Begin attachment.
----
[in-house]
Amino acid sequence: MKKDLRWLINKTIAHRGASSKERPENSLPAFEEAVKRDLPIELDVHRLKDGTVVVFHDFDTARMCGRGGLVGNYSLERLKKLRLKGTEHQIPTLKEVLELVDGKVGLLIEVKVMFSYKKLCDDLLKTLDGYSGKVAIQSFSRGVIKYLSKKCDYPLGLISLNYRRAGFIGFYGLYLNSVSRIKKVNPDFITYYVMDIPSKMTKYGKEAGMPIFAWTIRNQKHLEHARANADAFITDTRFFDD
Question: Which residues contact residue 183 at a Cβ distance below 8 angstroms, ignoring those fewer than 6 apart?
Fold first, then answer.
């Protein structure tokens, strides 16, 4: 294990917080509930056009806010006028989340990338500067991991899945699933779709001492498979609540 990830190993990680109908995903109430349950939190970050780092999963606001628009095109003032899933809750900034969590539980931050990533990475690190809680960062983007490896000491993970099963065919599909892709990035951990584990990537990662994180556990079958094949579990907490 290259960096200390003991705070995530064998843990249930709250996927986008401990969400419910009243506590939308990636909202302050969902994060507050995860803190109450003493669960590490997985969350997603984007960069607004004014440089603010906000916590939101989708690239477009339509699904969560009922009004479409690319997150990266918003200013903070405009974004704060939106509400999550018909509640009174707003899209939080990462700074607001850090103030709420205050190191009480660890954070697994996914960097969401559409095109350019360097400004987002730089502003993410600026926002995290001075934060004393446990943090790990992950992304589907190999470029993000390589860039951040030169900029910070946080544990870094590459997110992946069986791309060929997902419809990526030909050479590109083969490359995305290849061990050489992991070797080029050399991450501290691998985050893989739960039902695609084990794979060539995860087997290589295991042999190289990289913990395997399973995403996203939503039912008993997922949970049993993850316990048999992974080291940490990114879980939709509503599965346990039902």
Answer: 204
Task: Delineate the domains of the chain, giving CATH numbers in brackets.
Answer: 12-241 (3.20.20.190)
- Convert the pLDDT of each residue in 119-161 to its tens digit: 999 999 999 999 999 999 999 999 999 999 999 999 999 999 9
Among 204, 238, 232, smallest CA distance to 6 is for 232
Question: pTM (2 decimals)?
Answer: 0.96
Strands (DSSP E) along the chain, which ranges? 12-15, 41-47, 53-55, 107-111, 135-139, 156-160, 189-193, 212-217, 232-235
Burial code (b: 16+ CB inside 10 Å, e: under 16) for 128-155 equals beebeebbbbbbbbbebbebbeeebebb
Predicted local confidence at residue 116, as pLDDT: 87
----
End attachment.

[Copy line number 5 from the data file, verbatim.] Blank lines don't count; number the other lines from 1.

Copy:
């Protein structure tokens, strides 16, 4: 294990917080509930056009806010006028989340990338500067991991899945699933779709001492498979609540 990830190993990680109908995903109430349950939190970050780092999963606001628009095109003032899933809750900034969590539980931050990533990475690190809680960062983007490896000491993970099963065919599909892709990035951990584990990537990662994180556990079958094949579990907490 290259960096200390003991705070995530064998843990249930709250996927986008401990969400419910009243506590939308990636909202302050969902994060507050995860803190109450003493669960590490997985969350997603984007960069607004004014440089603010906000916590939101989708690239477009339509699904969560009922009004479409690319997150990266918003200013903070405009974004704060939106509400999550018909509640009174707003899209939080990462700074607001850090103030709420205050190191009480660890954070697994996914960097969401559409095109350019360097400004987002730089502003993410600026926002995290001075934060004393446990943090790990992950992304589907190999470029993000390589860039951040030169900029910070946080544990870094590459997110992946069986791309060929997902419809990526030909050479590109083969490359995305290849061990050489992991070797080029050399991450501290691998985050893989739960039902695609084990794979060539995860087997290589295991042999190289990289913990395997399973995403996203939503039912008993997922949970049993993850316990048999992974080291940490990114879980939709509503599965346990039902």